That way, you can have a say in the sociology undergraduate program's direction. Students’ input has been invaluable as the Department works continuously to review, assess and improve its program and administrative procedures, and is one of many reasons U of R’s sociology undergraduate program remains so strong and relevant.
Are there teaching assistant and research assistant positions available?
Yes! Teaching assistant and research assistant positions are available. Every semester, there are several teaching assistant positions available to upper-year undergraduate students. Faculty members often hire Honours and senior undergraduate students as research assistants to contribute to their research. Honours sociology majors enjoy even more opportunities to present their research and receive feedback from faculty members.
Do you offer sociology scholarships?

Yes! The Department of Sociology and Social Studies offers many opportunities for research and travel funds, as well as awards for exemplary students.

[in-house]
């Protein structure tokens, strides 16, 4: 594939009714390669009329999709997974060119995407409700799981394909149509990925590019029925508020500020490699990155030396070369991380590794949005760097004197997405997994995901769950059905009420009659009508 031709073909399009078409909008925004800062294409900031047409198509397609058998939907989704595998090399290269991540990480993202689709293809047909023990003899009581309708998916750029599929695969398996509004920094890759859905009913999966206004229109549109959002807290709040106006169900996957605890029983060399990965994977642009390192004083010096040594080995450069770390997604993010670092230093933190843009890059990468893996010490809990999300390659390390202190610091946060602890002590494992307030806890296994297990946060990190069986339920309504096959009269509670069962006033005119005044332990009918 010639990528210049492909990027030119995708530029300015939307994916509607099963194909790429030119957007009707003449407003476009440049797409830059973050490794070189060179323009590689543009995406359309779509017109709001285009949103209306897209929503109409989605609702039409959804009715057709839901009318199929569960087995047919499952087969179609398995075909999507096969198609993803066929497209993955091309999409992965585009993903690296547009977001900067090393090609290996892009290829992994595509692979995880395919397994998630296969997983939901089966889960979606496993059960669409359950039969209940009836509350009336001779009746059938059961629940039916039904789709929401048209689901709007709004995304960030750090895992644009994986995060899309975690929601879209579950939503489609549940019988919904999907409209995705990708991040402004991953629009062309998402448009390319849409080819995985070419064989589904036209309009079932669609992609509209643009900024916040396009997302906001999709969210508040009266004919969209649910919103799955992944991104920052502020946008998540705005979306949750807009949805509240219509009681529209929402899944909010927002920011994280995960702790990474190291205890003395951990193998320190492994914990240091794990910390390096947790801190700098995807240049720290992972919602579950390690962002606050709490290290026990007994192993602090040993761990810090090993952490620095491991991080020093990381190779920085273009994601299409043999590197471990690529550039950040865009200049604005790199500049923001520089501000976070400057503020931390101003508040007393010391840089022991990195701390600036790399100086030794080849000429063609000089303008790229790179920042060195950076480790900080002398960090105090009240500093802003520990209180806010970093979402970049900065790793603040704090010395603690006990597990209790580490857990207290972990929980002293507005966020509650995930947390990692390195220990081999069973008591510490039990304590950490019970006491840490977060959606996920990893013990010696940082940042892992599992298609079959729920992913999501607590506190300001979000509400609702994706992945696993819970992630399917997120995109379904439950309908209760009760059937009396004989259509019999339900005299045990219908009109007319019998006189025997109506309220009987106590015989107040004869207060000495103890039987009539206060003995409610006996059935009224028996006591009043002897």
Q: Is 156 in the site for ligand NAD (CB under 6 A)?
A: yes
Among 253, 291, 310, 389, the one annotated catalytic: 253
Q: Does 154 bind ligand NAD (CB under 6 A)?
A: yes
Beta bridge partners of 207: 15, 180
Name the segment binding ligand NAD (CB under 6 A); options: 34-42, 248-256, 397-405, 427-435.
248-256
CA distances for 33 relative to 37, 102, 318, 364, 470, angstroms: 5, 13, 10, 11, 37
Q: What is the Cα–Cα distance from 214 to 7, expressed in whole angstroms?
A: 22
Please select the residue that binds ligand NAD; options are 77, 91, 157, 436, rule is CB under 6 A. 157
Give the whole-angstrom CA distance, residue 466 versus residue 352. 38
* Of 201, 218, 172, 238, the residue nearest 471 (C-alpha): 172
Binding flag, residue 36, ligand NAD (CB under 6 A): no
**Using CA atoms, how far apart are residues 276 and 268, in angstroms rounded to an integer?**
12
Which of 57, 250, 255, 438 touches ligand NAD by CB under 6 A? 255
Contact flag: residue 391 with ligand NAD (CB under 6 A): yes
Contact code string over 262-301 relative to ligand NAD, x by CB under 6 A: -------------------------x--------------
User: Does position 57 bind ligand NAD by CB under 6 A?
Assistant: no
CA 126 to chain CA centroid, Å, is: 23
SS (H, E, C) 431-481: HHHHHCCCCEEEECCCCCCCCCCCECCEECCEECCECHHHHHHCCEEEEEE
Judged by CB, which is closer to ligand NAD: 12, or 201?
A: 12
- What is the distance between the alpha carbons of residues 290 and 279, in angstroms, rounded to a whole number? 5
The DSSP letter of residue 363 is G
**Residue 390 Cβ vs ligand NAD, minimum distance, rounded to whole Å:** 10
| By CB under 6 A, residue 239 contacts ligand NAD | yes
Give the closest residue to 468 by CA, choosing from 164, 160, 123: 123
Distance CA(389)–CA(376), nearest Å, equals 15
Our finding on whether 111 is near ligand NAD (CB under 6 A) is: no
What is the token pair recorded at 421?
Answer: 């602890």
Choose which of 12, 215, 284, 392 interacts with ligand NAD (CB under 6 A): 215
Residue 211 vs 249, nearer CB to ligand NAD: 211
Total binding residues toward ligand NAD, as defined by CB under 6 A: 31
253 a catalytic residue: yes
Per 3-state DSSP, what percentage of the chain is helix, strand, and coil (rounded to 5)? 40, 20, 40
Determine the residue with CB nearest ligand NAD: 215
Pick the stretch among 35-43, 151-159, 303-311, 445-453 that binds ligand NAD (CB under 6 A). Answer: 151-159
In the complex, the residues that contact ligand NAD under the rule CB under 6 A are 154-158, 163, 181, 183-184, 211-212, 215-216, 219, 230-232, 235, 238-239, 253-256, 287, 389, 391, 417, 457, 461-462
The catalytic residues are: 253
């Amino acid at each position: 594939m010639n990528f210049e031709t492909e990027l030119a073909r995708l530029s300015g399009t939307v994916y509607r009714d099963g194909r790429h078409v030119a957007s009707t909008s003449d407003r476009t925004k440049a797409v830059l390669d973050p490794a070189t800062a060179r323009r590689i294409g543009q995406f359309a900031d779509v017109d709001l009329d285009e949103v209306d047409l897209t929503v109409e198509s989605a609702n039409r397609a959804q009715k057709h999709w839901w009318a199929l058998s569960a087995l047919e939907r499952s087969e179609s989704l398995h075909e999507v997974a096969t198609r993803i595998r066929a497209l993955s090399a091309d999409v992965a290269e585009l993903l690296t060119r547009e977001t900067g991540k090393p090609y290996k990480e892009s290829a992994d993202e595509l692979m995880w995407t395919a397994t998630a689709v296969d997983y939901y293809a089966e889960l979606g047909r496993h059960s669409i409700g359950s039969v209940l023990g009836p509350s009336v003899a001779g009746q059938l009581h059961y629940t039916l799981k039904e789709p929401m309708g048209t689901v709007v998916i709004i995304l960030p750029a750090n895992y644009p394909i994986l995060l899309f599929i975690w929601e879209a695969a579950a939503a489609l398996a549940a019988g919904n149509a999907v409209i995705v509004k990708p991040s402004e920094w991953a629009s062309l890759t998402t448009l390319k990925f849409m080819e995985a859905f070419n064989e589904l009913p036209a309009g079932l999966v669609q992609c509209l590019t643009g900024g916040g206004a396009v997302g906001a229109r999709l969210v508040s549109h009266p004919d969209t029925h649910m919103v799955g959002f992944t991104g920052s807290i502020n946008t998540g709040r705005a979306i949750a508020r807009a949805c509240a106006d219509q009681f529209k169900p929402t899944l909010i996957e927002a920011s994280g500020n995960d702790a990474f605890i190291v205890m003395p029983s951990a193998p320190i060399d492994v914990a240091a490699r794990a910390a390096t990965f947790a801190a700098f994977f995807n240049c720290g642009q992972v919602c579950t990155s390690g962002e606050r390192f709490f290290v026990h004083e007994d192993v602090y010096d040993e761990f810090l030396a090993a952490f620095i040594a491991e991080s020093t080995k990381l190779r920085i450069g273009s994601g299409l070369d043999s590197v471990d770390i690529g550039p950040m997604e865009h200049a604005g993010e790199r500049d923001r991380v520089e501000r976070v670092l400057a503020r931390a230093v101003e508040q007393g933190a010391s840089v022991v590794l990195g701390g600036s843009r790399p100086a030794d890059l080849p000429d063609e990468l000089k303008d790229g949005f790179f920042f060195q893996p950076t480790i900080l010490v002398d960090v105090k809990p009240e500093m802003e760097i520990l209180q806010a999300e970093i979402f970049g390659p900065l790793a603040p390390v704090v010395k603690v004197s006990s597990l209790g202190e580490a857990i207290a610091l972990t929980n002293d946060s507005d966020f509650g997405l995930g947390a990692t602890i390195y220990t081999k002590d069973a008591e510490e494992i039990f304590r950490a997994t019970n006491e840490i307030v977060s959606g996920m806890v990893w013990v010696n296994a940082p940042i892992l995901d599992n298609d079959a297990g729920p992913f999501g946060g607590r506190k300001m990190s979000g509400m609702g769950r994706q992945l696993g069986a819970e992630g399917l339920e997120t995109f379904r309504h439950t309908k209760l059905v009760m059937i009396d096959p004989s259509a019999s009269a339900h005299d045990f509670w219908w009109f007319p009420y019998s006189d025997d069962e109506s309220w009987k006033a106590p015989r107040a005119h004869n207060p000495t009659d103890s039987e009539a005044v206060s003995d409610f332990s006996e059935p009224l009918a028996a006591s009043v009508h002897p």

• Student Research Fund – Up to $1,000. Upper-year and Honours students in the active research phase of their program may apply for a research grant.
  • Travel Fund – Up to $1,000. Upper-year and Honours students may apply for this award to support travel related to their program of study or their research-assistant-related work, including support for conference presentations.
  • Dawn Gaetz Prize: The prize of $750 is awarded yearly for the most outstanding essay for a sociology or social studies undergraduate course within the fall or winter semesters.
  • CSA Outstanding Graduating Sociology Student: Canadian University Sociology Departments recognize their top graduating students. Departments select one top student in each academic level who has graduated or will be graduating in a given academic calendar year.

Sociology Program Concepts and Goals

U of R's sociology majors develop critical and analytical thinking skills, solve complex problems and perform research. Develop technical efficiency, effective reading, written communication and presentation skills to prepare yourself for a wide range of sociology job opportunities.